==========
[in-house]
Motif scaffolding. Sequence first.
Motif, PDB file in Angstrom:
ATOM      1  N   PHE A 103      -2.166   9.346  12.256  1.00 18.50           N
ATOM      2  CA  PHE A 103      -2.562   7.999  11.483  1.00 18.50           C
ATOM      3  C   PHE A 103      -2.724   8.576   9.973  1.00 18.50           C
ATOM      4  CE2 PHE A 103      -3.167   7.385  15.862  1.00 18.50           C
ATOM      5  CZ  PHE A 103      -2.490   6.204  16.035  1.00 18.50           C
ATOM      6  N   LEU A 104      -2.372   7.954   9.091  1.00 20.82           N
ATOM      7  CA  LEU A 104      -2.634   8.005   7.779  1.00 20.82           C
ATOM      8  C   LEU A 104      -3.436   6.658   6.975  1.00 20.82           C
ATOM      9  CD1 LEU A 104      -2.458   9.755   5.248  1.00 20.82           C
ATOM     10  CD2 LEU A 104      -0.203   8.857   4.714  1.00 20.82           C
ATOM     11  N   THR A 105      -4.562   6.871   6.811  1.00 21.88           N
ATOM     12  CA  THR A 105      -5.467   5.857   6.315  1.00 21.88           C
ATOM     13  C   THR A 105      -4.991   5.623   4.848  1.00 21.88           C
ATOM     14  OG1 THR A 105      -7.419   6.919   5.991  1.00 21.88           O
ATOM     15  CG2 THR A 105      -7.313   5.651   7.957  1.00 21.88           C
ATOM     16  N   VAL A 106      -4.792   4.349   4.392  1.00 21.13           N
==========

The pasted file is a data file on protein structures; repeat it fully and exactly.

[in-house]
Motif scaffolding. Sequence first.
Motif, PDB file in Angstrom:
ATOM      1  N   PHE A 103      -2.166   9.346  12.256  1.00 18.50           N
ATOM      2  CA  PHE A 103      -2.562   7.999  11.483  1.00 18.50           C
ATOM      3  C   PHE A 103      -2.724   8.576   9.973  1.00 18.50           C
ATOM      4  CE2 PHE A 103      -3.167   7.385  15.862  1.00 18.50           C
ATOM      5  CZ  PHE A 103      -2.490   6.204  16.035  1.00 18.50           C
ATOM      6  N   LEU A 104      -2.372   7.954   9.091  1.00 20.82           N
ATOM      7  CA  LEU A 104      -2.634   8.005   7.779  1.00 20.82           C
ATOM      8  C   LEU A 104      -3.436   6.658   6.975  1.00 20.82           C
ATOM      9  CD1 LEU A 104      -2.458   9.755   5.248  1.00 20.82           C
ATOM     10  CD2 LEU A 104      -0.203   8.857   4.714  1.00 20.82           C
ATOM     11  N   THR A 105      -4.562   6.871   6.811  1.00 21.88           N
ATOM     12  CA  THR A 105      -5.467   5.857   6.315  1.00 21.88           C
ATOM     13  C   THR A 105      -4.991   5.623   4.848  1.00 21.88           C
ATOM     14  OG1 THR A 105      -7.419   6.919   5.991  1.00 21.88           O
ATOM     15  CG2 THR A 105      -7.313   5.651   7.957  1.00 21.88           C
ATOM     16  N   VAL A 106      -4.792   4.349   4.392  1.00 21.13           N